The Panthers signed him in the offseason after the 1995 NFL season as an unrestricted free agent. While he was a Panther, he and Blake Brockermeyer were considered the key components of the offensive line. He was the only Panther to start every game of both the 1996 and 1997 National Football League seasons. He was named to the Panther’s All-Time Team. He was released from the team due to salary cap considerations. Skrepenak was rumored to be sought after by the Miami Dolphins in 1998. However, he spent the year out of football. Skrepenak was in the Oakland Raiders' 1999 summer camp, but during his comeback attempt he had to leave the Raiders camp in on August 10, 1999 to attend to personal business back in Wilkes-Barre for several days. Skrepenak was a supporter of the new Jon Gruden coaching administration upon his return to the Raiders despite the fact that he was not as highly paid or expected to start. Skrepenak was a popular offensive lineman with the Raiders and his spot was held in his absence with a special tribute by Steve Wisniewski and Mo Collins who both wore his jersey number in his absence. Skrepenak returned to camp for a few weeks. On August 31, he was released.
During Skrepenak's career, he played for only one playoff team. Coach, Dom Capers' 1996 Carolina Panthers went 12–4 during the 1996 NFL season but lost to the Green Bay Packers in the National Football Conference Championship game of the 1996-97 NFL playoffs. That season Skrepenak helped protect the team's only Pro Bowler, quarterback Kerry Collins. Although Skrepenak missed the 1993 NFL season due to injury, Art Shell's 1993 Los Angeles Raiders went 10–6 and advanced one round in the 1993-94 NFL playoffs before losing to the Buffalo Bills. Skrepenak played offensive tackle during his years with the Raiders and offensive guard during his years with the Panthers. He has regularly played on the right side of the line.
He returned to Luzerne County, where his ancestry traces back several generations, upon retirement from football to raise his three children. He has since become involved in numerous community and political organizations and activities. He was elected to the Luzerne County Board of Commissioners in 2003 and has served as its chairman since January 6, 2004. His agenda is fighting drug abuse and crime. However, he has also earmarked $2.5 million in Community Development funding for the Wilkes-Barre Movies 14 Complex. He is also involved in bringing a new airport to Hazleton, Pennsylvania. Skrepenak co-ordinates his efforts on emotional wellness with Wyoming County.
Skrepenak ran for re-election in the November 6, 2007 election. Skrepenak ran jointly with County Controller Maryanne Petrilla and the pair easily outdistanced the competition in the primary to gain the two nominations. Among the controversies during campaign were the use of debit cards for the commissioners based on a new policy effective September 2005. Skrepenak's expenses totalled $22,139.93, including $3,743 for gang-related training in Los Angeles, California, $524.08 for an accounting standards manual and $798.63 for communications equipment.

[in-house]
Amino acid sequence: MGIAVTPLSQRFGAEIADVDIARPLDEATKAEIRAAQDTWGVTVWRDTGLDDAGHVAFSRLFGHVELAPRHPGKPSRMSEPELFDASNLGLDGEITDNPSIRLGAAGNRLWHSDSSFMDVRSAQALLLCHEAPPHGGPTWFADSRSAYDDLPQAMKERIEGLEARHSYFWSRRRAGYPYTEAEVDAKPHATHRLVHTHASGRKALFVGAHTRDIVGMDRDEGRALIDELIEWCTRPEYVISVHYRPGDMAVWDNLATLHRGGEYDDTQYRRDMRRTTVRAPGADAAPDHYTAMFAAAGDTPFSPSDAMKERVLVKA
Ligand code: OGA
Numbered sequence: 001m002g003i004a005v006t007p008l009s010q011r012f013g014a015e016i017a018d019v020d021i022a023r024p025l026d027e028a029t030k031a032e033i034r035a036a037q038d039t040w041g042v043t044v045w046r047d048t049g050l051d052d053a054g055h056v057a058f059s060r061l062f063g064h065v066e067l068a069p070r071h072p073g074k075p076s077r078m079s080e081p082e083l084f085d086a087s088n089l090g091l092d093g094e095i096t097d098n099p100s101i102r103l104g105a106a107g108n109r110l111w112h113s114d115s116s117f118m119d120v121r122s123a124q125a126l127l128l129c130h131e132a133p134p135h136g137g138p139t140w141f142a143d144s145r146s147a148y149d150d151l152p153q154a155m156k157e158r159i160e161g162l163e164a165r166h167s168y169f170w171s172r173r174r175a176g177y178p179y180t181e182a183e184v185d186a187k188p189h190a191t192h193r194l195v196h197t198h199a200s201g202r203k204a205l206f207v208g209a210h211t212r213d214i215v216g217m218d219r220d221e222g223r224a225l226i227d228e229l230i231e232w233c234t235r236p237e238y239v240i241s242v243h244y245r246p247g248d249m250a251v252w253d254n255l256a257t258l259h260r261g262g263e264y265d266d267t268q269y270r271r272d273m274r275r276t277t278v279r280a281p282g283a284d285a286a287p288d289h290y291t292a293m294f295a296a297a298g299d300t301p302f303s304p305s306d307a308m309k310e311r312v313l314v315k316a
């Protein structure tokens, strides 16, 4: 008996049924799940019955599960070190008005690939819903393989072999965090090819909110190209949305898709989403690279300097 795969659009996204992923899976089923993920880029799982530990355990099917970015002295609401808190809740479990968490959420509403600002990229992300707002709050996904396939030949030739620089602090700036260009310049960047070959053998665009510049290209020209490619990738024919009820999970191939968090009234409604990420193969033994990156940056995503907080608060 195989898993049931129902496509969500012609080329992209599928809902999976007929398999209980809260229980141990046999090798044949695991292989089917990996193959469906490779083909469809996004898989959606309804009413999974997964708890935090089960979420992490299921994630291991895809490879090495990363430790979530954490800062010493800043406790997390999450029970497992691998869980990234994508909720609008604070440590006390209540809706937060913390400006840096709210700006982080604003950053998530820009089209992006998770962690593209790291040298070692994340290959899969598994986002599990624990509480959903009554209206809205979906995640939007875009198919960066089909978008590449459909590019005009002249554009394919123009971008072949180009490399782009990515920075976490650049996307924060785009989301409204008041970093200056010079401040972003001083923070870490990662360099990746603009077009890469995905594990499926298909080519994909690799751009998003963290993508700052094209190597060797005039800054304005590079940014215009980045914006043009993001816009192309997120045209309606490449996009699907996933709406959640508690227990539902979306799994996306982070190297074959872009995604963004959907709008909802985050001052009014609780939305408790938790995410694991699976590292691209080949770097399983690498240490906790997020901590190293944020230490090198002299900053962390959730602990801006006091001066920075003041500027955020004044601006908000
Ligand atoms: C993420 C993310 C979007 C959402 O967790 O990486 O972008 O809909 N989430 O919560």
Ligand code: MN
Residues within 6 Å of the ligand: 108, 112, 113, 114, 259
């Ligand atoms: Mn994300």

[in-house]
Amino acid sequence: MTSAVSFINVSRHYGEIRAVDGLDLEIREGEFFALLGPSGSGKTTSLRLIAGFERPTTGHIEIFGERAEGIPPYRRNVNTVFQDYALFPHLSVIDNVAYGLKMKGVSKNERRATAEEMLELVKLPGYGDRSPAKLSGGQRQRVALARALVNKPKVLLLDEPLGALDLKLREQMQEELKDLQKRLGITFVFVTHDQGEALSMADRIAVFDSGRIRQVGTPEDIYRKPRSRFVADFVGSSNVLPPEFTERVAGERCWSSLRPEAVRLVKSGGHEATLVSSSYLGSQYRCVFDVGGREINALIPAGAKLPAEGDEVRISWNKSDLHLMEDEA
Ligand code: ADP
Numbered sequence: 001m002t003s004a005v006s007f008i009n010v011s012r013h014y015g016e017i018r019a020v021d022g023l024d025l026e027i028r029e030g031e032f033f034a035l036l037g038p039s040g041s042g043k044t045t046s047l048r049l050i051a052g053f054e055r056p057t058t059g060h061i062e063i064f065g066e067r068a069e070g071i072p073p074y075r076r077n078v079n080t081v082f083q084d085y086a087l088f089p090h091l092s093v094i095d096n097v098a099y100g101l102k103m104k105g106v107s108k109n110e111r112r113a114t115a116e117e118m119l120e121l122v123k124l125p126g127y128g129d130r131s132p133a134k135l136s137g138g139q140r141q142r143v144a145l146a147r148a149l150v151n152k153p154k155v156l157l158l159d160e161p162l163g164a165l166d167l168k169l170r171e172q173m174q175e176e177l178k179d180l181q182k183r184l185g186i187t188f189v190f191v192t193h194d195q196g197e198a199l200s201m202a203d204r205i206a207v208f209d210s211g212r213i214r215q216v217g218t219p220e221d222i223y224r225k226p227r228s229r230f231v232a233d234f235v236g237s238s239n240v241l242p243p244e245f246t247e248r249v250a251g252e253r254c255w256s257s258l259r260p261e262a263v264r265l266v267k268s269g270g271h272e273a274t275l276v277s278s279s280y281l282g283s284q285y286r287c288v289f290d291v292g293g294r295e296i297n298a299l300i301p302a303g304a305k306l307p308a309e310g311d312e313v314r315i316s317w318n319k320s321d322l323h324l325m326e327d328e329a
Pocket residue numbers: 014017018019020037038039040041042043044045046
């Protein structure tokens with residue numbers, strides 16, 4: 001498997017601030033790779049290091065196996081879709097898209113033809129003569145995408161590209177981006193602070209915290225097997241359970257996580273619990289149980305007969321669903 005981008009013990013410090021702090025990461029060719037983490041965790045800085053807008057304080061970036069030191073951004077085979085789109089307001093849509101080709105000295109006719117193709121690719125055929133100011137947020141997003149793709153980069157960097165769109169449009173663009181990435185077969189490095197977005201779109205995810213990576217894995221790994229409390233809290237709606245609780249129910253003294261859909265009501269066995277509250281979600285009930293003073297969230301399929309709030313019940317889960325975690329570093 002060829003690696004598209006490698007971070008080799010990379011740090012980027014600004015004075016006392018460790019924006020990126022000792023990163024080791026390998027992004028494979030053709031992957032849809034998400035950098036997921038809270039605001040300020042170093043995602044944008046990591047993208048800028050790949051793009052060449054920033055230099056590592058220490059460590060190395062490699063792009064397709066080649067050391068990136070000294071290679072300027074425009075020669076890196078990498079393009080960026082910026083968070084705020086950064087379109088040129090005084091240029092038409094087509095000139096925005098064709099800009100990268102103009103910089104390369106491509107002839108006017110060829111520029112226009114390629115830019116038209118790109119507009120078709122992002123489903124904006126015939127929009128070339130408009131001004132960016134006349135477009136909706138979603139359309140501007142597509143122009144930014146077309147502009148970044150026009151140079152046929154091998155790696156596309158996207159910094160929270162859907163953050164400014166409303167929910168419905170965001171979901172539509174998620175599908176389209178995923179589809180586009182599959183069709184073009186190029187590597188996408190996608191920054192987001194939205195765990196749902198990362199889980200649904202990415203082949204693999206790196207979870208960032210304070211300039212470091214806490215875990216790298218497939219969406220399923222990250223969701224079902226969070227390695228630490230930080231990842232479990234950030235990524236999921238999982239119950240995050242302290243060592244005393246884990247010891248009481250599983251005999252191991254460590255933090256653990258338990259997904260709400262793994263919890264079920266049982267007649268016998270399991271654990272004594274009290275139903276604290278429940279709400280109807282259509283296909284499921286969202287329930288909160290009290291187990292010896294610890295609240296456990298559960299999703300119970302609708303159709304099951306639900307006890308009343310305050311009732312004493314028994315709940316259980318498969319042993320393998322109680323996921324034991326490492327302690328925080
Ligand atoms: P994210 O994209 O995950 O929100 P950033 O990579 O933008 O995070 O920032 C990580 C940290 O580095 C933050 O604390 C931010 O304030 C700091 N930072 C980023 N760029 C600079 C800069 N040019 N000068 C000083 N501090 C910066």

Skrepenak had considered running for Don Sherwood's United States House of Representatives seat that was contested and won by Chris Carney in the 2006 elections. He had admitted aspirations for higher office. However, after meetings with the National Democratic Congressional Campaign Committee he decided not to run for the United States Congress in the heavily Republican district. Congressman Sherwood's defeat allowed the district to go Democratic for the first time since 1961. Skrepenak was re-elected by finishing among the top three in a contest for county commissioner. The unofficial results were Maryanne Petrilla (D) 33,827 votes (29%), Greg Skrepenak (D / Inc.) 32,281 (27%), Stephen Urban (R / Inc.) 27,835 (24%) and Bill Jones (R) 24,071 (20%).
It was announced December 17, 2009, that Skrepenak was resigning his position with the Luzerne County Commissioners effective immediately. The resignation comes one day after a source said Skrepenak signed a plea agreement with the U.S. Attorney’s office as part of the ongoing pay to play corruption investigation being conducted in Luzerne County. Skrepenak stated that he resigned due to a clash between longtime cultural practices in county politics and the higher standards of public office and the law. Specifically, he was formally charged with accepting a $5,000 bribe from a developer for voting to accept the developer's project into a government funded tax incentive program.
On August 6, 2010, Greg Skrepenak was sentenced to 24 months in federal prison. United States Federal Sentencing Guidelines called for a 33- to 41-month sentence. However, his sentence was reduced for cooperation with an ongoing federal corruption probe. He was not granted leniency for charitable works, medical complications or devotion to family.
On June 12, 2012, Greg Skrepenak was released from a halfway house. He had been transferred from federal prison in Beckley, West Virginia to the halfway house in early April. Since then, he moved back and forth from the halfway house to his parent's home in Dallas, Pennsylvania, with his parents and his children. He has been released from the custody of the U.S. Bureau of Prisons and is serving three years probation. Since his release, he has worked as a legal researcher for a Kingston law firm.